Farm Beat: Another local product linked with intelligence
MODESTO, Jan 19, 2013 (The Modesto Bee - McClatchy-Tribune Information Services via COMTEX) --
My kids drink milk and get good grades, but they have yet to win a Nobel Prize.
So I was not sure what to make of a British study suggesting a link between a nation's milk consumption and how many Nobel winners it has produced.
The study was done by Drs. Sarah Linthwaite and Geraint N. Fuller of the Gloucester Royal Hospital, according to the Los Angeles Times. They got the idea after reading about another study that linked chocolate consumption and Nobels.
The results on milk were published in the latest issue of Practical Neurology.
Sweden was No. 1 in milk consumption per capita, at about 350 kilograms -- about 40 gallons -- per year, and first in Nobel prizes, with 31.855 of the medals for every 10 million people.
The United States had a middling grade -- about 22 gallons of milk per year and 10.731 prizes per 10 million residents.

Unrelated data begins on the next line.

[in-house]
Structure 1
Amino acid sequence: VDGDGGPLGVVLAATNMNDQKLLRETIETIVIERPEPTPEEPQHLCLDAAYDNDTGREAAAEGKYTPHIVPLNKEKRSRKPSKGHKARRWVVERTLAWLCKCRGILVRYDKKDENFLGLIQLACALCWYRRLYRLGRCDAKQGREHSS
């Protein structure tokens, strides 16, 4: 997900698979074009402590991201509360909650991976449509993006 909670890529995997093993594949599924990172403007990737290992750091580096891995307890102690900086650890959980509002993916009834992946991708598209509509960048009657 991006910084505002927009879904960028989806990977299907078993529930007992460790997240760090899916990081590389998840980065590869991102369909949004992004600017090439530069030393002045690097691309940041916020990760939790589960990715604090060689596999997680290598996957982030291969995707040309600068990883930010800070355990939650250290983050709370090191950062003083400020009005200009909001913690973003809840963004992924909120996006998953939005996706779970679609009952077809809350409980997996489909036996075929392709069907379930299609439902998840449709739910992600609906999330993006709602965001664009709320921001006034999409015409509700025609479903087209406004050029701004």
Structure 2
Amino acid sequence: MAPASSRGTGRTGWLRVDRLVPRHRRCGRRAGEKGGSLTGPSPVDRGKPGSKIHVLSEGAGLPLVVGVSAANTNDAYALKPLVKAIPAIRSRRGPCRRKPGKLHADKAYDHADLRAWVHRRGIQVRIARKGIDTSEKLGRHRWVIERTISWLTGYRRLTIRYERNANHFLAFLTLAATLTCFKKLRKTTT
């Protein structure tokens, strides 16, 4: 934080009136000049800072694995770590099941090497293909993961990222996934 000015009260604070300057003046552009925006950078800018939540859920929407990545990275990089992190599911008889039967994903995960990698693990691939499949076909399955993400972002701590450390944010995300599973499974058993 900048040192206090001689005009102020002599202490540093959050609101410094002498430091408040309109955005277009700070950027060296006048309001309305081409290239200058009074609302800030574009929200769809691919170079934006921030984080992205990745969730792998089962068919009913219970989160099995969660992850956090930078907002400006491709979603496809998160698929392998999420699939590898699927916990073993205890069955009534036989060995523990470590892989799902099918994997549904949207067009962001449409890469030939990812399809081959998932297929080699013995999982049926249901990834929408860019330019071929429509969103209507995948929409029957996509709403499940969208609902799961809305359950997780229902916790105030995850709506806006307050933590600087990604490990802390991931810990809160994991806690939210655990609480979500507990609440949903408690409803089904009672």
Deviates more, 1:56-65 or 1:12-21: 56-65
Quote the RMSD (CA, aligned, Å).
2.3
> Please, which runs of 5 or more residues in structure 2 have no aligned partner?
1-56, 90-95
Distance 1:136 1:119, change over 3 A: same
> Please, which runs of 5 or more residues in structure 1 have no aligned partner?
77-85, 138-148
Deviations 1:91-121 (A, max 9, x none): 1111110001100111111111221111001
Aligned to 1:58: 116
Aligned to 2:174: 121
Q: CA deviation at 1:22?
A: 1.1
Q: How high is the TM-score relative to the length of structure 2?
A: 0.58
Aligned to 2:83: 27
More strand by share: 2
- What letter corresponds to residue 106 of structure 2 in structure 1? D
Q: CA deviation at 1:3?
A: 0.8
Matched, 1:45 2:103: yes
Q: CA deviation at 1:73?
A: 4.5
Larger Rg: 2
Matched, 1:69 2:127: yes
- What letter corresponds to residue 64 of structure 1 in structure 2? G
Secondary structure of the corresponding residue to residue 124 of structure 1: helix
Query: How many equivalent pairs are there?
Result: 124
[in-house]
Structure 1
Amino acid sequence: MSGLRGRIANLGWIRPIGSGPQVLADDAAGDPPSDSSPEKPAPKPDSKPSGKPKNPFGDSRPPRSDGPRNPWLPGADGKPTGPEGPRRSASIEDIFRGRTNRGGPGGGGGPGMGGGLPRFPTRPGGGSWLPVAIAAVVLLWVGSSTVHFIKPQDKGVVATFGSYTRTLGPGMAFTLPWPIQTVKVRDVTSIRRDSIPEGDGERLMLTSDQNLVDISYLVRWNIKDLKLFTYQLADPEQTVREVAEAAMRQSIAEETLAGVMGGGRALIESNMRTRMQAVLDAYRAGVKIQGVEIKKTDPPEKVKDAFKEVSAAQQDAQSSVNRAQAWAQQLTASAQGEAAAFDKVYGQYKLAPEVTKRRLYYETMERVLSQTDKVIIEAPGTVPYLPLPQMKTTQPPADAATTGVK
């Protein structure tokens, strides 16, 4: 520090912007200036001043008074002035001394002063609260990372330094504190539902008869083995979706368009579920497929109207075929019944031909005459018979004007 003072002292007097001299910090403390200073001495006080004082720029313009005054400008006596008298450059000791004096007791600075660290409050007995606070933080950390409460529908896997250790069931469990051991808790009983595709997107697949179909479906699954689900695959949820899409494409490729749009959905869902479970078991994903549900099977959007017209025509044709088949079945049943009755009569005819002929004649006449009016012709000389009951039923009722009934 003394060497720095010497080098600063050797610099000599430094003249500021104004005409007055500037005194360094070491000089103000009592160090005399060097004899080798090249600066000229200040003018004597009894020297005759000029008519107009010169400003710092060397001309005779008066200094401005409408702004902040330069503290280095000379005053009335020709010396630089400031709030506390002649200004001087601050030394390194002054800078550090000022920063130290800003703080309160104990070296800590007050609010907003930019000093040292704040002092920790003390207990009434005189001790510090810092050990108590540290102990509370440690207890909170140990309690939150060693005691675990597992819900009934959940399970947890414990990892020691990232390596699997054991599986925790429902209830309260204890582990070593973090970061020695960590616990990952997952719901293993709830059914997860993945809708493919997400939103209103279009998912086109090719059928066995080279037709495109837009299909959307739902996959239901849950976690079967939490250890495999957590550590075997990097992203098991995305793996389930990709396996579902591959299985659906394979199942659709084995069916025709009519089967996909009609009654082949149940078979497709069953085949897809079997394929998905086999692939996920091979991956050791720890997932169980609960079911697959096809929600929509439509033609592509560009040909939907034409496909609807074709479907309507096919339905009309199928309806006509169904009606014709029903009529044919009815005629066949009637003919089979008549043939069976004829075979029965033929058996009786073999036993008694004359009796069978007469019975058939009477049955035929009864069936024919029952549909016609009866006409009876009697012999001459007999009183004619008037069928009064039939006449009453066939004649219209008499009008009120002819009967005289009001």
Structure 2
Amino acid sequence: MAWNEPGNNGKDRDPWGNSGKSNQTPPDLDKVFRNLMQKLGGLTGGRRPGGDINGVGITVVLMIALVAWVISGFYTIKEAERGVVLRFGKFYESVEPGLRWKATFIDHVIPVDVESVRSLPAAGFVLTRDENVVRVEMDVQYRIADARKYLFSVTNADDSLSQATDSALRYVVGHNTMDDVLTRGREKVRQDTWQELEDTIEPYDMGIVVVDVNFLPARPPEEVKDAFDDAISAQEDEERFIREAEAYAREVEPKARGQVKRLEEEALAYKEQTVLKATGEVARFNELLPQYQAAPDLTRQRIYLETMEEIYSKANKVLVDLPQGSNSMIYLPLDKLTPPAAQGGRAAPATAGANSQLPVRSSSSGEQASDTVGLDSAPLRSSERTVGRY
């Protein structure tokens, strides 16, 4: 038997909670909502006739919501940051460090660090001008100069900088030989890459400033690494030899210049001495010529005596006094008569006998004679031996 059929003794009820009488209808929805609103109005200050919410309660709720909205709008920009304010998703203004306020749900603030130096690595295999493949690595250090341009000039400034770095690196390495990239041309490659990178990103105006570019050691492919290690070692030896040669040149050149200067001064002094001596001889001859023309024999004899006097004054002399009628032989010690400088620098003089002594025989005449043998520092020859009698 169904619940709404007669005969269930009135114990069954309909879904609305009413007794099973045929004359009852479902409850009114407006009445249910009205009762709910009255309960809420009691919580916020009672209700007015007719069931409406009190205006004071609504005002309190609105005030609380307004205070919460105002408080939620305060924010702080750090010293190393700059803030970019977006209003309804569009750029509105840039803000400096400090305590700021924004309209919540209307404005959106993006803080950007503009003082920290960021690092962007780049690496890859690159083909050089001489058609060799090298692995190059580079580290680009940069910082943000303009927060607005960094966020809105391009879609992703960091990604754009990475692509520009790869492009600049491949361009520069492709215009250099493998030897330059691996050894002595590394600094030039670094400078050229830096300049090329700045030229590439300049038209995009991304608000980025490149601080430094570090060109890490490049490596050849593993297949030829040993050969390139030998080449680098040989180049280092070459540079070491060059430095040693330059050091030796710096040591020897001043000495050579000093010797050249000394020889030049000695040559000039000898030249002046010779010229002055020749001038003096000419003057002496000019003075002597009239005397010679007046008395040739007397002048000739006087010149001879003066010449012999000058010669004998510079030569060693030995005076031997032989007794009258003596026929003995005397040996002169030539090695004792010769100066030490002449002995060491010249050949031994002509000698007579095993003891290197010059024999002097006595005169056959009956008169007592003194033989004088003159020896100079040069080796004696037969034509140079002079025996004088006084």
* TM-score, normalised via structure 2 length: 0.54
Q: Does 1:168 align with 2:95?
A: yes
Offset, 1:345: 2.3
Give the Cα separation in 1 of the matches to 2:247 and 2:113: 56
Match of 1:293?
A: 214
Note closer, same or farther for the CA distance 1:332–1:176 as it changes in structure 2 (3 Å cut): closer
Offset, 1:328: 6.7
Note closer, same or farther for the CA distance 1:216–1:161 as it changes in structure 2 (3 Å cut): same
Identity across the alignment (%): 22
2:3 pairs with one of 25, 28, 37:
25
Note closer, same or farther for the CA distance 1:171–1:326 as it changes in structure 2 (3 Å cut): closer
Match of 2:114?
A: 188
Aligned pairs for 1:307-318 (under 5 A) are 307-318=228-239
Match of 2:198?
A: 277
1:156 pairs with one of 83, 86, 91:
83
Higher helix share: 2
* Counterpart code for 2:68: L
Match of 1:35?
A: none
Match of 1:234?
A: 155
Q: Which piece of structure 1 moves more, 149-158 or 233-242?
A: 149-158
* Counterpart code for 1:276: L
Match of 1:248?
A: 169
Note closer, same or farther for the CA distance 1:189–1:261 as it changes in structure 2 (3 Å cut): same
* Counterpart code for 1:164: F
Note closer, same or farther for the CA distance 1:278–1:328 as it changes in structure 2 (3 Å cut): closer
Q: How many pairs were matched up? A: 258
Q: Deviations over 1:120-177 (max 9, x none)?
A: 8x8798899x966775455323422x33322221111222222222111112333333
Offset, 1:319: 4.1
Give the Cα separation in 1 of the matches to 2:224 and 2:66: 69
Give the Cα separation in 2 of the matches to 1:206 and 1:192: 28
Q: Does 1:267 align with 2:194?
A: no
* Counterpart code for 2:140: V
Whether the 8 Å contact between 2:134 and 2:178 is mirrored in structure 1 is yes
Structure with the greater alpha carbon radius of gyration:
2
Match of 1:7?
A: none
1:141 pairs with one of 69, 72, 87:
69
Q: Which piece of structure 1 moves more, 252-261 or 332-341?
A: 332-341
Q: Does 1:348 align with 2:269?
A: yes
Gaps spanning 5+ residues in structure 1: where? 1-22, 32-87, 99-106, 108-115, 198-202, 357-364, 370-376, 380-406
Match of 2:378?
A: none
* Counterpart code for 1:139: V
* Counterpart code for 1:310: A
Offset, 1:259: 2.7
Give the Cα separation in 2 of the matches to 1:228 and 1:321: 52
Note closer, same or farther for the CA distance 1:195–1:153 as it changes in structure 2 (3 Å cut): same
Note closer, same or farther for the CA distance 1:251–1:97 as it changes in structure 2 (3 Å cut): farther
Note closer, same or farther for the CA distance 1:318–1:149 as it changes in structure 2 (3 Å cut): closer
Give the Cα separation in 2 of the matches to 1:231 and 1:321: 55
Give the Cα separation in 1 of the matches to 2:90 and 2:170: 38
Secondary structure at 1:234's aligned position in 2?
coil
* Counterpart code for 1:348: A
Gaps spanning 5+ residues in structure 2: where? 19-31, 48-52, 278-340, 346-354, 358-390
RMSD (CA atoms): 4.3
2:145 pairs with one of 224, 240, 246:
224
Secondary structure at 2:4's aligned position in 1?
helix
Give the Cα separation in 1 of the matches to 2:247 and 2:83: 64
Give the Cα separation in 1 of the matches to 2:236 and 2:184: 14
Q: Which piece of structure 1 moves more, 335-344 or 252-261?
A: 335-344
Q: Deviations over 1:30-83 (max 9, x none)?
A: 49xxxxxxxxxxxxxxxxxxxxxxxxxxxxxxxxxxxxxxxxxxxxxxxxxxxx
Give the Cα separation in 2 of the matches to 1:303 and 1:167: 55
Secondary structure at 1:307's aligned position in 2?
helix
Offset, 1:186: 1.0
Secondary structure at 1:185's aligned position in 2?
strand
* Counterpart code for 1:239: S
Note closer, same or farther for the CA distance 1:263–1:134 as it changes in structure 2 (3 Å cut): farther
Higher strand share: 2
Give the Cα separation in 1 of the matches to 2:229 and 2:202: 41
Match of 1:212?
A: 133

China was at the bottom, with 6 gallons of milk and 0.06 Nobels per 10 million people.
The authors speculated that the Vitamin D in milk might improve cognitive function. They also cautioned that "a correlation does not establish causation."
Such caveats are common in medical journals. But I write for a daily newspaper, one that serves a leading dairy region, so let's report the news in simple terms: Milk makes you smart.
Boosting demand can only help our dairy farmers, who have struggled for four years with milk prices that often do not cover their production costs.
A few other thoughts on the British study:
--We should not be surprised that people who spend a lot of time around milk are sharp-minded. Witness the brilliance of the first "got milk " commercial in 1993 -- the one in which the guy can't answer "Aaron Burr" in a radio quiz because his mouth is full of peanut butter and he has no milk.
--Some of the Modesto area's other big farm products have been linked to brain function. Research has suggested that red wine might ward off Alzheimer's disease. Walnut growers sell some of the crop to South Korean students who believe consuming the nuts will help with college entrance exams.
--The latest study did not say whether dairy products other than fluid milk will build brain power. But one thing seems clear: Wearing cheese hats has not increased the number of Nobel winners among Green Bay Packers fans.
And it would have taken a sheer genius on the coaching staff to deal last week with Colin Kaepernick, the quarterback from Turlock, in the heart of dairy country. I'm guessing no one can bottle him up.
Have an idea for the Farm Beat Contact John Holland at firstname.lastname@example.org or (209) 578-2385.
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